The Republicans who control the state House so often seem to hate spending taxes on just about anything.

So why did they authorize spending some $350,000 to hold special elections in Philadelphia on Tuesday for two vacant state House seats just six weeks before a primary election?

I wanted to ask House Speaker Mike Turzai, an Allegheny County Republican who rarely misses a chance to cast himself as a fiscal conservative, that question, but he declined to be interviewed.

Maybe he has a soft spot for special elections. He won his House seat that way in 2001.

Turzai's spokesman, Jay Ostrich, said the speaker thinks "all voters are entitled to representation sooner rather than later."

Let's consider the calendar and then the math.

On Dec. 23, Turzai called for a special election in the 192nd District, one week after State Rep. Louise Bishop, a Democrat, pleaded no contest to a misdemeanor charge in a public corruption case.

Then Turzai added another special election, in the 200th District, on Jan. 5, one day after State Rep. Cherelle Parker, a Democrat, was sworn in on City Council.

That same day, he also called for a special election in the 57th District in Westmoreland County after a state representative there, a Republican, resigned to become a judge.

In Philly, the 192nd and 200th seats have now been vacant for 12 weeks and 10 weeks, respectively, but Turzai thinks they can't be left that way for six more weeks? The 57th District in Westmoreland County also has been vacant for 10 weeks.

Democrats hold overwhelming voter registration edges in the two Philadelphia districts: 89 percent in the 192nd and 88 percent in the 200th.

Westmoreland County is more competitive, with 47 percent of the voters registered as Democrats and 41 percent as Republicans.

There's a fiscally conservative argument to be made for holding the special elections in conjunction with the April 26 primary election.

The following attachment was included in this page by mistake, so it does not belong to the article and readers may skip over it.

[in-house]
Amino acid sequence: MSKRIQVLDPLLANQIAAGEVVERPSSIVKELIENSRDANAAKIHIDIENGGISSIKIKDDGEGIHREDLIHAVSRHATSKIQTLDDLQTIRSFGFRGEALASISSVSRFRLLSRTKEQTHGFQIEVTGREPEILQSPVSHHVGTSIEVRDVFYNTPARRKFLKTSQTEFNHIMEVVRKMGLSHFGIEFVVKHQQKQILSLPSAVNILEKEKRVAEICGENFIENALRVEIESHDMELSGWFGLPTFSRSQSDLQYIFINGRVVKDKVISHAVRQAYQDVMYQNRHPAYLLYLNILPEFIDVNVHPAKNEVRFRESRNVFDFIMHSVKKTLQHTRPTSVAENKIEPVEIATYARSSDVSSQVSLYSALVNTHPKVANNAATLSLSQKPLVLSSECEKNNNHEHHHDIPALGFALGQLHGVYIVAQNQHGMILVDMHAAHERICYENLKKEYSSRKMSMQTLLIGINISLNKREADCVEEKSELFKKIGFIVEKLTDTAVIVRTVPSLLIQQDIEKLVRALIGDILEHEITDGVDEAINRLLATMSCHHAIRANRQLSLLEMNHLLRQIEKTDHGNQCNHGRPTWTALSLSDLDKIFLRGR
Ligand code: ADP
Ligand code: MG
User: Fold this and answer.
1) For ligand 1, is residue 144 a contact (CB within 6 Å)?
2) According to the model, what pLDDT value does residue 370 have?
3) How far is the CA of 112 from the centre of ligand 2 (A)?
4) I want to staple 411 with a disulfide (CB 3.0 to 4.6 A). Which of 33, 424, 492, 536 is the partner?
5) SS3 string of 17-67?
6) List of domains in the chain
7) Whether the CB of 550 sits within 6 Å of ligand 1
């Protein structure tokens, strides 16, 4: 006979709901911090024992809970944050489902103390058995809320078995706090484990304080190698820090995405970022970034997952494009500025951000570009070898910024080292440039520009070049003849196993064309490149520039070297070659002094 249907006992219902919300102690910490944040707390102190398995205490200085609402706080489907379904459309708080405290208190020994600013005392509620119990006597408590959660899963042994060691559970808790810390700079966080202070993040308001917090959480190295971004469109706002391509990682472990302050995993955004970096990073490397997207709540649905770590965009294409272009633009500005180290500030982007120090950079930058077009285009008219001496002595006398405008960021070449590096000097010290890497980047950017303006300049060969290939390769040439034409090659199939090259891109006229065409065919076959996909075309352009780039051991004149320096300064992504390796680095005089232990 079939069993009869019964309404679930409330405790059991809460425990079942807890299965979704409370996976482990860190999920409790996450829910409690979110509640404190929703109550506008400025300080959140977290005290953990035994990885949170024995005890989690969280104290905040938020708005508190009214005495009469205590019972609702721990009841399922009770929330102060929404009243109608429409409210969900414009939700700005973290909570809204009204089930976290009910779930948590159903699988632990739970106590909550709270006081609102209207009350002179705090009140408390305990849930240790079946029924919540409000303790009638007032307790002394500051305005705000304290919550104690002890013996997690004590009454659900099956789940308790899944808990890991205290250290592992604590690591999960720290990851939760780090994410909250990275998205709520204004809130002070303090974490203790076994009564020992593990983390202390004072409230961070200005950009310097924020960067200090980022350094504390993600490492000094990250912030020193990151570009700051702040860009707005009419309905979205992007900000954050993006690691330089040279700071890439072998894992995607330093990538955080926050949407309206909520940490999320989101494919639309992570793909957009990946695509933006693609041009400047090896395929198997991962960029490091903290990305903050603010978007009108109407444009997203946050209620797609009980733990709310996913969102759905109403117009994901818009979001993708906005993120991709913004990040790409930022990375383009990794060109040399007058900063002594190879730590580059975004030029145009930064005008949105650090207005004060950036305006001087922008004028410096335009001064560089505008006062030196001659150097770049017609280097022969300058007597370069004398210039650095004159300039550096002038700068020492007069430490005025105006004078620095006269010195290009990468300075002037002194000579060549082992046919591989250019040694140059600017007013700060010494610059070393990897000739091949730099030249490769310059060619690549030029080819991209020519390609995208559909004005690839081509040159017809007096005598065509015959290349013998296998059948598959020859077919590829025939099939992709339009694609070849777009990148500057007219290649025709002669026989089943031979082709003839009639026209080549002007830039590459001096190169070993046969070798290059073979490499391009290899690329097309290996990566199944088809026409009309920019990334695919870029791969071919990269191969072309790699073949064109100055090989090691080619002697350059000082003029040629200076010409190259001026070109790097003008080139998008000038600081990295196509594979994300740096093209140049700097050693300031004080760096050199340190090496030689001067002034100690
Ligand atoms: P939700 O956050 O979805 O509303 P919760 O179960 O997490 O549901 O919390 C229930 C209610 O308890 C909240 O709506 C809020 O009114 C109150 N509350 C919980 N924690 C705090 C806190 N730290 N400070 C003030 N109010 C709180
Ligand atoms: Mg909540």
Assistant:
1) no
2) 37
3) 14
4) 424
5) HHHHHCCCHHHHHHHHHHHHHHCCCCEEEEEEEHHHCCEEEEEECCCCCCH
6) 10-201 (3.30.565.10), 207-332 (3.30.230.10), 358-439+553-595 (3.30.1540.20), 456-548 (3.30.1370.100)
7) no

That's what the state Senate did for the Ninth District in Delaware County when State Sen. Dominic Pileggi, a Republican, resigned to become a judge.

These will be the fourth and fifth special elections in Philadelphia in seven months. Turzai ordered elections for last Aug. 11 for three vacant state House seats.

The City Commissioners, who oversee elections in Philadelphia, put up the money to hold special elections and then are reimbursed by the state.

The city has asked the state to reimburse $520,729 for the Aug. 11 elections - $173,576 each.

That included $234,991 for advertising, $184,235 for personnel, $36,962 in printing, and $34,329 in rental costs.

Based on those costs, we can estimate that Tuesday will cost about $347,152.

The city and state now are trying to hash out budgets with more things to pay for than tax dollars to spend. What could $347,152 buy instead of special elections?

Ostrich, Turzai's spokesman, rejects the notion that the expense of special elections runs counter to Turzai's claim to fiscal conservatism.

"Speaker Turzai leads from the front in fiscal responsibility, but with very important votes coming on issues like the budget and taxation, we will not disenfranchise 60,000 people from each district by leaving them without a voice and a vote," he said.

Disenfranchisement is an interesting defense.

Let's see how it holds up - and what we got for our $520,000 - from the Aug. 11 special elections.

Voter turnout in the 170th that day was just 10.7 percent - pathetic by regular standards, but the best of the day. Turnout in the 195th District was 6.4 percent. The 191st District hit just 5.5 percent.

Special elections, held on unusual days in only part of the city, don't tend to draw much attention.

Here's what should get more attention: a fiscal conservative blowing $350,000 in tax dollars.